Smart systems and digitalisation – Britain’s net zero plans set out


A smarter and more flexible energy system based on data and digitalisation are at the core of Britain’s 2050 net zero plans.

In a wide ranging set of documents the UK Department of Business, Energy and Industrial Strategy (BEIS) and regulator Ofgem have set out updated plans for the transformation of the energy system.

Together the plans are estimated to reduce the costs of the energy system by up to £10 billion a year by 2050, by reducing the amount of generation and network needed to be built to meet peak demand. Up to 24,000 jobs could result by 2050.

The basis for the updated smart system plan is the April announcement of a 78% emission reduction target for 2035, as well as other goals including 40GW of offshore wind, the ban on sales of petrol and diesel vehicles in favour of electric vehicles by 2030 and the deployment of 600,000 heat pumps by 2028.

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These and other technologies including rooftop PV and battery storage as well as interconnections to neighbouring markets will need to be integrated into the energy system, pointing to the need for significant levels of flexibility and the use of smart technologies.

By 2030 and beyond, consumers could be providing flexibility to the system potentially around 13GW in combination with intraday storage. In a high demand scenario, flexibility could reach over 30GW by 2030 – three times the current flexible capacity – and almost 60GW by 2050, with almost half the latter from interconnections.

The plan envisages this flexibility to be facilitated by regulatory and market reform, investment in innovation and system digitalisation.

Under the plan by 2030 and beyond electricity storage should be deploying in the most optimal locations and at all scales. Storage should be providing significant flexibility to the system and replacing flexibility from traditional fossil fuelled generation as this is turned off. Long duration storage should start to help to decarbonise the grid and wider economy further, providing key services to the grid to integrate and maximise the use of offshore wind and other low carbon generation.

Reforms will be needed to improve the access of flexibility technologies to markets with stronger investment signals. By 2030 it is envisaged that all flexible supply and demand energy resources can contribute to their full potential, responding efficiently to available energy and network resources.

Dynamic, close-to-real-time markets should play an important role in ensuring that the most efficient assets are dispatched, with clarity on how this will be delivered across wholesale and balancing arrangements.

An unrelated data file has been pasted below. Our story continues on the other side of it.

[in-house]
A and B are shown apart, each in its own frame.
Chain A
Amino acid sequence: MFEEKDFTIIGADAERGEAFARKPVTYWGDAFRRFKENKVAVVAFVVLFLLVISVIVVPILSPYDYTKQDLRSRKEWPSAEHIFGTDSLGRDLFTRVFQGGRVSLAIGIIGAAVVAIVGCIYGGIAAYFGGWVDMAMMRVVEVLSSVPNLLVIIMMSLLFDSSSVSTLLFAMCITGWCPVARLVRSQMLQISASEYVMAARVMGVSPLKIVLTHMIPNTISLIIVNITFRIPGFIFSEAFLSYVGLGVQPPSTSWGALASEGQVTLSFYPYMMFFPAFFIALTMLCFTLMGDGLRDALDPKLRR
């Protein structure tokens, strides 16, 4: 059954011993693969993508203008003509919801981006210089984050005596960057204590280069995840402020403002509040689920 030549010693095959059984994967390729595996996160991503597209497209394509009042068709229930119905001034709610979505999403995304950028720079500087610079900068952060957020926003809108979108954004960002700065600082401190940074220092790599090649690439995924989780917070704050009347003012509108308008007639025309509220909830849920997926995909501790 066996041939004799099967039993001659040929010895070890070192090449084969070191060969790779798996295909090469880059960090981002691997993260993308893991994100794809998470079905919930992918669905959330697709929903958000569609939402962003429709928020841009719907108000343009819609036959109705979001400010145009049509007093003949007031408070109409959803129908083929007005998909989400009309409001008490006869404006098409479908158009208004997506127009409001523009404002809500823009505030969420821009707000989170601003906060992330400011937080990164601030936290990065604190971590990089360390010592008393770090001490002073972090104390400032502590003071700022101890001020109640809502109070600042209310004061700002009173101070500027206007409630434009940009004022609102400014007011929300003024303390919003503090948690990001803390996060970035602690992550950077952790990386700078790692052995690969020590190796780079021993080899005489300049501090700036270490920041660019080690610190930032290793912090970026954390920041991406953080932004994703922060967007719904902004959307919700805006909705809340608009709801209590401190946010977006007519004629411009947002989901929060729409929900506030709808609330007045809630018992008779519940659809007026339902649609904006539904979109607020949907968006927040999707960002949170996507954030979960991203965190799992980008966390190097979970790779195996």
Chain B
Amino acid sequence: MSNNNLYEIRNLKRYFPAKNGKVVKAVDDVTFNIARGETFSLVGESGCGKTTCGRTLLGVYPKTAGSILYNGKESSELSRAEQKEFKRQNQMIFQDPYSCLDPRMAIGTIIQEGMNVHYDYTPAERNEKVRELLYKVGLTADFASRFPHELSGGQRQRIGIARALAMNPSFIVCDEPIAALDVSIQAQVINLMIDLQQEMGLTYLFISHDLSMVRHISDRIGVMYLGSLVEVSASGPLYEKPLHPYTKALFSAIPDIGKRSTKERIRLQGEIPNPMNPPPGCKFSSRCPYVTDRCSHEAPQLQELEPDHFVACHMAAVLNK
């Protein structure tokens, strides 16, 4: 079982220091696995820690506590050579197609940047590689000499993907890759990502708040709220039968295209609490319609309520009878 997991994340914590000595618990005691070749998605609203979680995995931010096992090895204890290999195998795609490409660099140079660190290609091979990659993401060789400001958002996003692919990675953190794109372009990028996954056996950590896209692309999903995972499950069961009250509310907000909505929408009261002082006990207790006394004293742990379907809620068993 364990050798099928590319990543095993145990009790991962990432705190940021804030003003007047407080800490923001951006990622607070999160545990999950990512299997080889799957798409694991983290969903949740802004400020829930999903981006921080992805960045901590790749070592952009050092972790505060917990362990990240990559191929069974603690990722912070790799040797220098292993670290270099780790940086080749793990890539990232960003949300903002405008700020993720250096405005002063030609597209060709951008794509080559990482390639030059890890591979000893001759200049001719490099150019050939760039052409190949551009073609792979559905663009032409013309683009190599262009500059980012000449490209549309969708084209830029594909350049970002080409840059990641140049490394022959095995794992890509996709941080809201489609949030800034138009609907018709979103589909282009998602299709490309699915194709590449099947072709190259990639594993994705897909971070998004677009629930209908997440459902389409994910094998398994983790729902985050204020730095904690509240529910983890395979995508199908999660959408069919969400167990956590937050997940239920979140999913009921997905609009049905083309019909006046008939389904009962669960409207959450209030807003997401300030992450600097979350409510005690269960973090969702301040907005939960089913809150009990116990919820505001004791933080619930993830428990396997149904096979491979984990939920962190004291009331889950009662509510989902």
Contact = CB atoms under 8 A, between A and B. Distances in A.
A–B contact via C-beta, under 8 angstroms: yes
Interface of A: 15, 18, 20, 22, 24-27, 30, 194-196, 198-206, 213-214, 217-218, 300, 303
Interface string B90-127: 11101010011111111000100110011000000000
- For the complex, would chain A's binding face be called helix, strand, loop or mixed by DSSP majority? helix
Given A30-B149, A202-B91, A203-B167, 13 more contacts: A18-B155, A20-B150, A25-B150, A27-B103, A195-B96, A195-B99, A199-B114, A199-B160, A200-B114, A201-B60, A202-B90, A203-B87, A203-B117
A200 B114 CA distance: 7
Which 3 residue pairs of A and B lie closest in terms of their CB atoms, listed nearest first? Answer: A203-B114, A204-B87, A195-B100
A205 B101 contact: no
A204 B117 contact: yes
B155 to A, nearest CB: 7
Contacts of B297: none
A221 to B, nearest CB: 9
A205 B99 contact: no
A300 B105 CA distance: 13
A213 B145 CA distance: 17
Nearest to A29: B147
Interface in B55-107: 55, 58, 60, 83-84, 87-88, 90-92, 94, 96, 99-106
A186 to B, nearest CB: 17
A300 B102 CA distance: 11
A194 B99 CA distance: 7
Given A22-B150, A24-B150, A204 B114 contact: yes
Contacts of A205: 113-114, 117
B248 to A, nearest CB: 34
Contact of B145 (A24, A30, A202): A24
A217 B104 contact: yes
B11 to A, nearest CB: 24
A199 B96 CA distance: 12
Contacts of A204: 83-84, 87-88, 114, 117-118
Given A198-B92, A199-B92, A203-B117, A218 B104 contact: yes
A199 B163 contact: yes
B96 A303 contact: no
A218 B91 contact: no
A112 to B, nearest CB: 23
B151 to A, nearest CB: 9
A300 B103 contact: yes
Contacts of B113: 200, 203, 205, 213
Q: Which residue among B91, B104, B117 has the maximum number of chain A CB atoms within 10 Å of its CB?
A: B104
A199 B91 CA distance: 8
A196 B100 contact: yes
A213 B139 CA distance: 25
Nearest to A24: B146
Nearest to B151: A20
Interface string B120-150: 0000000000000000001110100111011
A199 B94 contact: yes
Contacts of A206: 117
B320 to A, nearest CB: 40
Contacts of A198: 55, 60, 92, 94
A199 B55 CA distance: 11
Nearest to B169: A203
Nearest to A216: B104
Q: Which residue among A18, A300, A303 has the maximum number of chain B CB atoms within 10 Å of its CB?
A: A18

The digitalisation plan envisages that by the mid-2020s the standards and regulatory frameworks will be in place to ensure energy data collection and applications meet best practice and that data assets are treated as open and accessible by default.

Planned also are a significant step-up in the visibility of assets across the system and new digital services, which will make it easier for people to know what data exists and how they can gain access to it.

By 2030 and beyond, system operators should have visibility of all energy assets, making planning, forecasting and operations quicker, more accurate and cheaper. Greater data access in the marketplace should support new business models and services, developing new market entrants participating in the energy sector providing tailored services to consumers using sophisticated digital platforms and addressing system needs via software rather than hardware.

These capabilities should underpin a secure decarbonised energy system, create market opportunities and new markets for information services and insights, provide confidence to investors, support research and benefit consumers from new products and services, according to the plan.

“We need to ensure our energy system can cope with the demands of the future. Smart technologies will help us to tackle climate change while making sure that the lights stay on and bills stay low,” said Energy and Climate Change Minister, Anne-Marie Trevelyan.

“The possibilities opened by a smart and flexible system are clear to see. They will not only allow households to take control of their energy use and save money but will ensure power is available when and where it’s needed while creating jobs and investment opportunities long into the future.”

As part of the document release the BEIS also has issued calls for evidence on the role and barriers of vehicle-to-grid/home technologies and on the challenges of large scale and long duration storage.